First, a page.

patron God of Pantheatre, with the goat feet and the two horns, was metamorphosed
by Christianity into its arch-enemy, the Devil, Evil, because he personified sexuality.
Herodotus reports that it was Pan's offer of help that decided the Athenian generals
to "fight the most famous head-on, odds-against battle of ancient history."
They won at Marathon in September 490 BC. Charles Boer, in many respects the 'Godfather'
of the Festival, has written a superb article in Spring Journal #59 on the dilemma
this epiphany poses to theologians and historians. (check Spring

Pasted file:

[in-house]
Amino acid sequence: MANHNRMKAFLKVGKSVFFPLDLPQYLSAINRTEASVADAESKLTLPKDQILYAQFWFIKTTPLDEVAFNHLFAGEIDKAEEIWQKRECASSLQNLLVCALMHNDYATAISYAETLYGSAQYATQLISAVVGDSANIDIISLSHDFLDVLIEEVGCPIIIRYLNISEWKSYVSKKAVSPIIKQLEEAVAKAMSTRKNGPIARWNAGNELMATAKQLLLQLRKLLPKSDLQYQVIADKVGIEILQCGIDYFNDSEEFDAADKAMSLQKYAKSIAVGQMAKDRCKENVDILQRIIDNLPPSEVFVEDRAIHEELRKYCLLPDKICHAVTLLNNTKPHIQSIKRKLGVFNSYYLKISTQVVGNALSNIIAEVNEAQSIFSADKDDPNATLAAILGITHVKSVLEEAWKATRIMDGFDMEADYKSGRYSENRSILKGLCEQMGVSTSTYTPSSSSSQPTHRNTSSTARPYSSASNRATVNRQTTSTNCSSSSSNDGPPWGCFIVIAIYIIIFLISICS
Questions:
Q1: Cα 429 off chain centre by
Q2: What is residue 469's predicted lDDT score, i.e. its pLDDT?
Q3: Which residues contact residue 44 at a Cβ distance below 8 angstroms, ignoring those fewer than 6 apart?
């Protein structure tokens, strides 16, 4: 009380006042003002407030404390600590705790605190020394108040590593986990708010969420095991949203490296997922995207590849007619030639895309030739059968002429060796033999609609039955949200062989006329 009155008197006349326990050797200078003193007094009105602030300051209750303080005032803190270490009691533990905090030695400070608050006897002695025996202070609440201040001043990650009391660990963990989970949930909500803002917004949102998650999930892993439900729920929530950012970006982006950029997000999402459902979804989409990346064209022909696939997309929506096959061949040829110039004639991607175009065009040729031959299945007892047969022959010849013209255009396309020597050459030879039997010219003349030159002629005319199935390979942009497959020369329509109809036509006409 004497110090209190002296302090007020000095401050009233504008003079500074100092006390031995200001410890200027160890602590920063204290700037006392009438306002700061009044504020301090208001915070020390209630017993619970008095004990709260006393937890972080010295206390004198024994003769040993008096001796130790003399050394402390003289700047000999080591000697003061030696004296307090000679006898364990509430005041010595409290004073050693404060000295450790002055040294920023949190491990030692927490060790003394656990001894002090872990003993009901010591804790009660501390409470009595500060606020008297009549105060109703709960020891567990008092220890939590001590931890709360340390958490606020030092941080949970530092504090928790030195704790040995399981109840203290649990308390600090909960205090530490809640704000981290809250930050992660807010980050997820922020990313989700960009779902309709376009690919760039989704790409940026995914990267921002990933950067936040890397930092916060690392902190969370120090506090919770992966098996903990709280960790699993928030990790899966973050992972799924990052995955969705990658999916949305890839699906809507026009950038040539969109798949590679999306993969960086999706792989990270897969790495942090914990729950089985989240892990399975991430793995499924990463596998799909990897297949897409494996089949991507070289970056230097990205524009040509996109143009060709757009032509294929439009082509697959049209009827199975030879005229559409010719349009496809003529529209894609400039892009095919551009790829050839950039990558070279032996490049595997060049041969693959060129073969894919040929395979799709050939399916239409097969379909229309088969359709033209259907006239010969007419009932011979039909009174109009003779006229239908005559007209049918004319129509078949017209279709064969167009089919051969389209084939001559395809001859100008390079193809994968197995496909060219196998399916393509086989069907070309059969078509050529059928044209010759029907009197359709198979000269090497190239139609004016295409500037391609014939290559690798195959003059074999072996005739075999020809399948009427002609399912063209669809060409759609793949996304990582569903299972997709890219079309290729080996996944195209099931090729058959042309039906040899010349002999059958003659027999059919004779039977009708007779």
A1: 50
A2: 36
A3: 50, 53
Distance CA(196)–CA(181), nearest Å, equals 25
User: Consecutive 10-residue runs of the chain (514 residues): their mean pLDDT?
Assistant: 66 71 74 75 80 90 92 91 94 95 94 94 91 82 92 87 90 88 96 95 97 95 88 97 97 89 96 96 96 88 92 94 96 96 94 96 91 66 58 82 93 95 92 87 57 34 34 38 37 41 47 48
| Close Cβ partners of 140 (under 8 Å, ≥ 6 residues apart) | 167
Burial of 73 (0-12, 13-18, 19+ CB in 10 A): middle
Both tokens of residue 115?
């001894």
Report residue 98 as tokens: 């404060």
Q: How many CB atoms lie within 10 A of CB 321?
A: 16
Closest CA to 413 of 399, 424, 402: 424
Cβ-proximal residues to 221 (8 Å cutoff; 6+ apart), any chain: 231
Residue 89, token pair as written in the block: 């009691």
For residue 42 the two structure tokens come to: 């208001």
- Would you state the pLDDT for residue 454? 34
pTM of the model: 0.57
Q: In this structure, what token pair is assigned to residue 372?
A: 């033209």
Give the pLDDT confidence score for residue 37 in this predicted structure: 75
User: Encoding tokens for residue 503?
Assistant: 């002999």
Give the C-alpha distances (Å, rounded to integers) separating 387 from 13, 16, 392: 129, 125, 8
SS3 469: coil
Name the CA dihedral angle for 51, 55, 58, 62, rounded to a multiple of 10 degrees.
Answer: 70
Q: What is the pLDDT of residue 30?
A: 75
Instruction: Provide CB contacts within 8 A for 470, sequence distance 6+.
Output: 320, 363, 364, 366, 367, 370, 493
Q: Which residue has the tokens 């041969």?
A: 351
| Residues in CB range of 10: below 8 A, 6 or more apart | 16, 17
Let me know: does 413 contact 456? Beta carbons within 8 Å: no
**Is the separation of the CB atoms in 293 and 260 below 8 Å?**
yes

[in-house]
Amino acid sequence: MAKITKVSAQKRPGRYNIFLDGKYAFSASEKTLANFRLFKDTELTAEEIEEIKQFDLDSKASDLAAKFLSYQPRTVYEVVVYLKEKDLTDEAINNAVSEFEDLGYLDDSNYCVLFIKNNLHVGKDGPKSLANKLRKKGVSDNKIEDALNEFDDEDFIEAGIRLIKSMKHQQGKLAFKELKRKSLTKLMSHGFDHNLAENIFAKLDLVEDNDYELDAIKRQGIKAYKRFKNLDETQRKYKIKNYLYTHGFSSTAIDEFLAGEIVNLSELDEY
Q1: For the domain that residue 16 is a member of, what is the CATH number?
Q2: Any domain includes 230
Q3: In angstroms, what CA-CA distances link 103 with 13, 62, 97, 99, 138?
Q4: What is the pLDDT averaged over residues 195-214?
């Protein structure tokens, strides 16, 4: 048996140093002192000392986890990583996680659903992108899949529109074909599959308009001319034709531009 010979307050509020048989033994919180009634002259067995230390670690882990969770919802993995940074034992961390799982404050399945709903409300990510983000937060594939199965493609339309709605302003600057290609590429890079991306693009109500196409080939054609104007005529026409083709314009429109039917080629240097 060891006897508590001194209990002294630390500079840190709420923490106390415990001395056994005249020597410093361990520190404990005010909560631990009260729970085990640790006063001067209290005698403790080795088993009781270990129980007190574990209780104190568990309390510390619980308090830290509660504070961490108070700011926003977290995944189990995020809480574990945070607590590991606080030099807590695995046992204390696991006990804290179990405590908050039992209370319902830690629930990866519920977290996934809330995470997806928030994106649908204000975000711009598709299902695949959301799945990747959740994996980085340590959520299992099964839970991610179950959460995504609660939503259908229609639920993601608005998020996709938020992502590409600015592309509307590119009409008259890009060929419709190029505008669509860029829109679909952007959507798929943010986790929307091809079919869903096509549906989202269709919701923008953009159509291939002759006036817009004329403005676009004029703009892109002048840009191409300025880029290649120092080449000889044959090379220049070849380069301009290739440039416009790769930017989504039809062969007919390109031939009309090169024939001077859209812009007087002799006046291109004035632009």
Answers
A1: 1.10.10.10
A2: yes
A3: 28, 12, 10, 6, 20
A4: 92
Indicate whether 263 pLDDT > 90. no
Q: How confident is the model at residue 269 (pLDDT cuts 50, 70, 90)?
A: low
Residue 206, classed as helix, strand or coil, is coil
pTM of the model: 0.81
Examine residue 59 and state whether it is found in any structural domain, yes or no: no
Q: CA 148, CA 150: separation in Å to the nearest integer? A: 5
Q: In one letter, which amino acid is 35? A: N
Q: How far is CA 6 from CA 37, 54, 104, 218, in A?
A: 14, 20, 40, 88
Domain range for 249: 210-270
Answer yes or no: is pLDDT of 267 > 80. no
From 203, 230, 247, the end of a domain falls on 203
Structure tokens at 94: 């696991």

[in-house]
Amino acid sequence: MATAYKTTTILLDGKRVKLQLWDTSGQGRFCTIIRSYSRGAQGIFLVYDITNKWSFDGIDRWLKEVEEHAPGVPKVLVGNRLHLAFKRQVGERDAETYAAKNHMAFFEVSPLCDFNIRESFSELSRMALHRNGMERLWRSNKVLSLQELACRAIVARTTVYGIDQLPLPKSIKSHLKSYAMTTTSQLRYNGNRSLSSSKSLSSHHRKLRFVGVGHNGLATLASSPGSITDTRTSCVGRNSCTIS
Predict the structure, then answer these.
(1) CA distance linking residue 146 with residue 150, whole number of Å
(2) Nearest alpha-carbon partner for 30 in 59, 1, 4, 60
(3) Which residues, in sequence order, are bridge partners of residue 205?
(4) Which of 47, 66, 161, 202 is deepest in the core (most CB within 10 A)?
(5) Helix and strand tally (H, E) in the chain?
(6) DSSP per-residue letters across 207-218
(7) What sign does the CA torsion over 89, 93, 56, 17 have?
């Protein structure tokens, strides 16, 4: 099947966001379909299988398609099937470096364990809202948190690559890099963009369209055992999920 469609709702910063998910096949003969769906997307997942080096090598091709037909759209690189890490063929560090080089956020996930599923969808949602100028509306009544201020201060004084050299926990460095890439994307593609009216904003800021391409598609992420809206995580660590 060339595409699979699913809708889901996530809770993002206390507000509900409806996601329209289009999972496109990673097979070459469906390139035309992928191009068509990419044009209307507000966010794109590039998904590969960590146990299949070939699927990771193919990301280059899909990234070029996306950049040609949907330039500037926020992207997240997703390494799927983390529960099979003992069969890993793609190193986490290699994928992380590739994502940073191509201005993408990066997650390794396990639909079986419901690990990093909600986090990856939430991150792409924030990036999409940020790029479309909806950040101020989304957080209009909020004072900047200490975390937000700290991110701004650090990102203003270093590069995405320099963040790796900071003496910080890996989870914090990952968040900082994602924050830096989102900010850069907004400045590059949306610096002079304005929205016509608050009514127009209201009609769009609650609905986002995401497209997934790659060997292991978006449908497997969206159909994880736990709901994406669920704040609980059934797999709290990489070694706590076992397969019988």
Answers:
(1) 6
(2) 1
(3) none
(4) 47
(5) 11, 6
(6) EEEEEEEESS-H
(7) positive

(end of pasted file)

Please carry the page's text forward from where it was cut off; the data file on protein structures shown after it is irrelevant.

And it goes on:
Journal). (From "The Enemy" brochure, 1997)
goat-god, son of Hermes; the shepards of his native Arcadia used to whip his statues
on bad years, (his half-brother Priapus would have rotten tomatoes thrown at him!).
Legend has it that he died in 33 AD... Since then, many have seen him as the he-goat
of witchcraft and black magic. (From
the "Magic" brochure, 1995)
supposedly, made ALL the Gods and Goddesses laugh when Hermes, his daddy, brought
him to Olympus. His mother fled when she first saw him - his horns, beard and
goat feet.. Christianity did not laugh: he became its Evil One. A borderline divinity
(aren't they all?), Pan is the singer-dancer (hence Pantheatre)
- haunted by desire and imagination. (From the "On Gossip" brochure,